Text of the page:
A powerful winter storm system moving through the central United States could bring up to a foot of snow to areas of the Plains and reach as far east as the Ohio Valley, according to the National Weather Service.
The Weather Channel has named the system winter storm "Q," apparently after the New York City subway line, according to The New York Times. But as whimsical as the name might be, authorities aren't taking winter storm Q lightly.
Winter storm warning were issued from Colorado to Illinois Wednesday as the system dumped snow in the Rockies and moved eastward. According to the Associated Press, hundreds of snow plows and salt spreaders were prepped in St. Louis Wednesday, well in advance of the storm.
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Officials in Nebraska urged residents to stay at home during winter storm Q, warning that winds of up to 25 mph and snow drifts of up to 6 feet could make travel very hazardous.
“We’re encouraging people, if they don’t have to travel, don’t travel,” Mark Meints, emergency management director for Gage County, Neb., said at a press conference Tuesday, the Beatrice Daily Sun notes.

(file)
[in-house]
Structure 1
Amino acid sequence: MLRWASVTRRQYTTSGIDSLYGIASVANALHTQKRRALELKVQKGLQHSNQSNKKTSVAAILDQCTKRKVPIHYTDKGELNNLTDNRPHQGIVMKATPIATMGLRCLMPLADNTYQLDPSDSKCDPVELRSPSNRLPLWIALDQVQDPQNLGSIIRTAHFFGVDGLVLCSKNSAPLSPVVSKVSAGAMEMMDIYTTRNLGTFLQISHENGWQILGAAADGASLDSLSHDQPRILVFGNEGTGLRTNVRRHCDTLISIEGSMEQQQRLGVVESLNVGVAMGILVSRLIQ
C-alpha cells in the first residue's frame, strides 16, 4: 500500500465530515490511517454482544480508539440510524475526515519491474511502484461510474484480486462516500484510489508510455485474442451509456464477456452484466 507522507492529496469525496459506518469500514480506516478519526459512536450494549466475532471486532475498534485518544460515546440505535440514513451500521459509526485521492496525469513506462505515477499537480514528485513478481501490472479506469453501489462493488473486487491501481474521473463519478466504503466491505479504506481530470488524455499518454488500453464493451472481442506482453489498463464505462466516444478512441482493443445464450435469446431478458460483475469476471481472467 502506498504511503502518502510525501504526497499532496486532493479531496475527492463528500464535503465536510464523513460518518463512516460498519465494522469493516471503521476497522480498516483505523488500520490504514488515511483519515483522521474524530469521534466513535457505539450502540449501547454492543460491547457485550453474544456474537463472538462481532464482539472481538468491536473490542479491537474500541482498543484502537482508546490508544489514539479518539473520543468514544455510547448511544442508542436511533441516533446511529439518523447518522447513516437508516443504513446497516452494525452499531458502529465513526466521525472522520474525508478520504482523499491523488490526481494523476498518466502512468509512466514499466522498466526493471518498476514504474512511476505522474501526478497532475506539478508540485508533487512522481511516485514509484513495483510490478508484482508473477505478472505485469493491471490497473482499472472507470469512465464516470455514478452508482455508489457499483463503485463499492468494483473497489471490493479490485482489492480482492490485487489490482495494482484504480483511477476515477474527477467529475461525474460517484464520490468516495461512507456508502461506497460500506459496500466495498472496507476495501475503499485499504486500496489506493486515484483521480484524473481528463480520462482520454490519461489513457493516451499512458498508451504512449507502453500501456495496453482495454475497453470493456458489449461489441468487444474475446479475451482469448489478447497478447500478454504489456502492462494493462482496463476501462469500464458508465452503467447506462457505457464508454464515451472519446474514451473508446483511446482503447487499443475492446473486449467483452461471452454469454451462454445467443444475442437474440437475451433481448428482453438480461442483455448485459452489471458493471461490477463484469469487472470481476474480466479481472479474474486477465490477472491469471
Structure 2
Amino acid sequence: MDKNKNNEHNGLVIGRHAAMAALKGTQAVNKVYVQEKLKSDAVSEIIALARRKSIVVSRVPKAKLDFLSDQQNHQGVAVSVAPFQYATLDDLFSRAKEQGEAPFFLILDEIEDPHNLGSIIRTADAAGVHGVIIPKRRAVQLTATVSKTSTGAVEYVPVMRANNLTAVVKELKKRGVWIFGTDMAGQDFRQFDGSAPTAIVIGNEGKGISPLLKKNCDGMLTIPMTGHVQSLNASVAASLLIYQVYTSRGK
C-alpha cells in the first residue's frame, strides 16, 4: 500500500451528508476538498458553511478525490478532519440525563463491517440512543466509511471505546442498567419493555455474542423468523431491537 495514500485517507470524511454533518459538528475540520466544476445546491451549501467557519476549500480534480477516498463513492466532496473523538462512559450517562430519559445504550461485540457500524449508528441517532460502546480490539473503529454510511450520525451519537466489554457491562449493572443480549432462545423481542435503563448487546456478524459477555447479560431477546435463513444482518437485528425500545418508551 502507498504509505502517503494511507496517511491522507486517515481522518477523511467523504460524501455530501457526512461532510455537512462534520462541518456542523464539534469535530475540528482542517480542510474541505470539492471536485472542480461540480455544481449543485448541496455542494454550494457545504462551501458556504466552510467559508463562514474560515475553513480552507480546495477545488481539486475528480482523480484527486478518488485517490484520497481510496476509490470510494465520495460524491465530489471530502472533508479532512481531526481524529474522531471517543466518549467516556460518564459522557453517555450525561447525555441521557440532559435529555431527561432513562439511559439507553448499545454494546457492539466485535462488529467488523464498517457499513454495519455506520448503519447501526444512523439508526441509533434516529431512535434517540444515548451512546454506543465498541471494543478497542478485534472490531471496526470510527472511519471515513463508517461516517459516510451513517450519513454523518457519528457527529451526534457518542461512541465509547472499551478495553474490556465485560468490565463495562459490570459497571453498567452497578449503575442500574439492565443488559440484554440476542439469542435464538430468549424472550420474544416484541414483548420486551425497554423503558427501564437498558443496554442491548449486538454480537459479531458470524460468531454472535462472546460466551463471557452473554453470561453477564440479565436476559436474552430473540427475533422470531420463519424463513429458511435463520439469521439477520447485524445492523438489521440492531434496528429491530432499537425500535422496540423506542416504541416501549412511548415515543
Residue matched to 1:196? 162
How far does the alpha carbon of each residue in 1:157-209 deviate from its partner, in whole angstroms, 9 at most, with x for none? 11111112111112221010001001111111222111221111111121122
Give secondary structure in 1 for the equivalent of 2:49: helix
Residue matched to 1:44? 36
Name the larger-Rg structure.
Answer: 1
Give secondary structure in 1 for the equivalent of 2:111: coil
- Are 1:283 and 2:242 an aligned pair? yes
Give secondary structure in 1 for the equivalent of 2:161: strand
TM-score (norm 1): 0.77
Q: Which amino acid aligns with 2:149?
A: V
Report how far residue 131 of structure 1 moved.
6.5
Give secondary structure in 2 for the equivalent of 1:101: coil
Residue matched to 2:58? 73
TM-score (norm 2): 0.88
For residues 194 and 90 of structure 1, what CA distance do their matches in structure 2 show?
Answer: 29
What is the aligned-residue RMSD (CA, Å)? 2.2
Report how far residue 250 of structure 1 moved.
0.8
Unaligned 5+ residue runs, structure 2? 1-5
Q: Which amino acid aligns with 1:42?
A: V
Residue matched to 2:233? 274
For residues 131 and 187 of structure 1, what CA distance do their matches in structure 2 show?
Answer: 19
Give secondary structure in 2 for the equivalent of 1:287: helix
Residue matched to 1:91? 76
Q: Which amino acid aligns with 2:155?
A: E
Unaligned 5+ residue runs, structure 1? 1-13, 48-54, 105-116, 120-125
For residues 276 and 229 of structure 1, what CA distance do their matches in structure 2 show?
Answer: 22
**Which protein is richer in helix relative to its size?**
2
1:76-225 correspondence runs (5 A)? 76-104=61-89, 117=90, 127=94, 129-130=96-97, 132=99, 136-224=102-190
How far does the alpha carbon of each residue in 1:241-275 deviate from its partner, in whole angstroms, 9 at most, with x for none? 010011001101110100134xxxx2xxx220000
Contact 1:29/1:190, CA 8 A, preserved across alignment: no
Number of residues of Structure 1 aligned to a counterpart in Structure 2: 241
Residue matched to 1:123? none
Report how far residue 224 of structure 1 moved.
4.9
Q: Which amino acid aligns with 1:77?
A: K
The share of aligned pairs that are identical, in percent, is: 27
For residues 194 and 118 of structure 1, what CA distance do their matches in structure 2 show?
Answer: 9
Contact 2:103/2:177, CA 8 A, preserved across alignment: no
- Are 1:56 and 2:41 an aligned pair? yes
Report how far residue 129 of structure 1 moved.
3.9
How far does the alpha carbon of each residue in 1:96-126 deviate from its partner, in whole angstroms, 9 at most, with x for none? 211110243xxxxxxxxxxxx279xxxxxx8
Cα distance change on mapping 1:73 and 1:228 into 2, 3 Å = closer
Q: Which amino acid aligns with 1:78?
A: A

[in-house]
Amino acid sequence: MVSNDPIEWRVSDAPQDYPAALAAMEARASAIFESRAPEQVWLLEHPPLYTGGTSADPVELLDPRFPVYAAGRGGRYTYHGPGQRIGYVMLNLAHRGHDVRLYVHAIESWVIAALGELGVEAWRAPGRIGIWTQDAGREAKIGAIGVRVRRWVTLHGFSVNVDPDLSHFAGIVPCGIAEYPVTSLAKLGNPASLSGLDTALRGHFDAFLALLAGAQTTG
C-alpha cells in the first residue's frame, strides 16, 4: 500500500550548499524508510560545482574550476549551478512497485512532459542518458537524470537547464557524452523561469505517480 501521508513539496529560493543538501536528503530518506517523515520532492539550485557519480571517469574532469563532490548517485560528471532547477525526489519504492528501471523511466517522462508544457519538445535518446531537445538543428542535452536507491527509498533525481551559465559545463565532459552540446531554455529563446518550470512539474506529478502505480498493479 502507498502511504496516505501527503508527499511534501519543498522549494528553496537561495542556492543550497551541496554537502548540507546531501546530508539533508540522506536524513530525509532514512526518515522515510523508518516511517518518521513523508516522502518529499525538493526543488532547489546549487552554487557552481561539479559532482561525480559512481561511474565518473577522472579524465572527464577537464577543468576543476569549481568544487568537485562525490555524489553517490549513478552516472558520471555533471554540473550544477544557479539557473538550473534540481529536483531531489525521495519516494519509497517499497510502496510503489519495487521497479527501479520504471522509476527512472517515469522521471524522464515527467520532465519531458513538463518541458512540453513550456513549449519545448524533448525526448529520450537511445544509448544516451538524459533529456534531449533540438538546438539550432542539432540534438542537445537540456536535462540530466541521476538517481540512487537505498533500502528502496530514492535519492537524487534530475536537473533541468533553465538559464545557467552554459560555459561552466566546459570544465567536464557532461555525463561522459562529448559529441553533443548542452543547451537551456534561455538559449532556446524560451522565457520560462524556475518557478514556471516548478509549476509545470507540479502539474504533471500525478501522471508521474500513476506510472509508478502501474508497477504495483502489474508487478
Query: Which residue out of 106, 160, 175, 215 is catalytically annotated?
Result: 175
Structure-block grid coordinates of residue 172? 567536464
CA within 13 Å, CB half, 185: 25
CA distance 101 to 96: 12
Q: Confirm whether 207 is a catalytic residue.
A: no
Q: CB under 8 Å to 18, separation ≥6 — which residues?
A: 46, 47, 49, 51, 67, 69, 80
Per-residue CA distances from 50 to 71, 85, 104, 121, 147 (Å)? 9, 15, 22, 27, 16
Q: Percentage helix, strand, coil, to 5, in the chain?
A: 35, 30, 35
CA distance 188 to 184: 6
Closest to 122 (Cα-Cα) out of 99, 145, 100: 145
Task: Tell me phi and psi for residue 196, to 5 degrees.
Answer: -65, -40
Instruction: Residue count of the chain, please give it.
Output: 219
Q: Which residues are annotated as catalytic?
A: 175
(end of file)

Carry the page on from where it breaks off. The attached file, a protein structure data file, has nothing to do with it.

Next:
According to NWS forecasts, the greatest impact of the storm will hit central Kansas late Wednesday into Thursday, although the system is expected to continue into Friday as it moves east. AccuWeather forecasted snowfall totaling up to 24 inches for areas of the Plains, with snow and ice spanning a large part of the central U.S.
Accumulations in the vicinity of Wichita were reportedly "several inches more than expected" as of Wednesday afternoon, according to the NWS.
Heavy snowfall isn't the only hazard winter storm Q poses. The Weather Channel predicted a large band of freezing rain and sleet affecting areas "from Oklahoma and Kansas to the Ohio Valley and parts of the East" Wednesday night into Thursday.
The storm, which dumped up to 14 inches of snow in some parts of California, moved into the Four Corners area Wednesday before sweeping into the central Plains. As USA Today notes, moisture from the Gulf of Mexico collided with a cold air mass over the Plains to create the potential for huge snowfall accumulations.
The National Oceanic and Atmospheric Administration, NOAA, does not name winter storms, but the Weather Channel adopted a naming convention for them in October 2012. TWC claimed naming winter storms would help raise early awareness of them, thereby increasing preparedness and reducing hazards.
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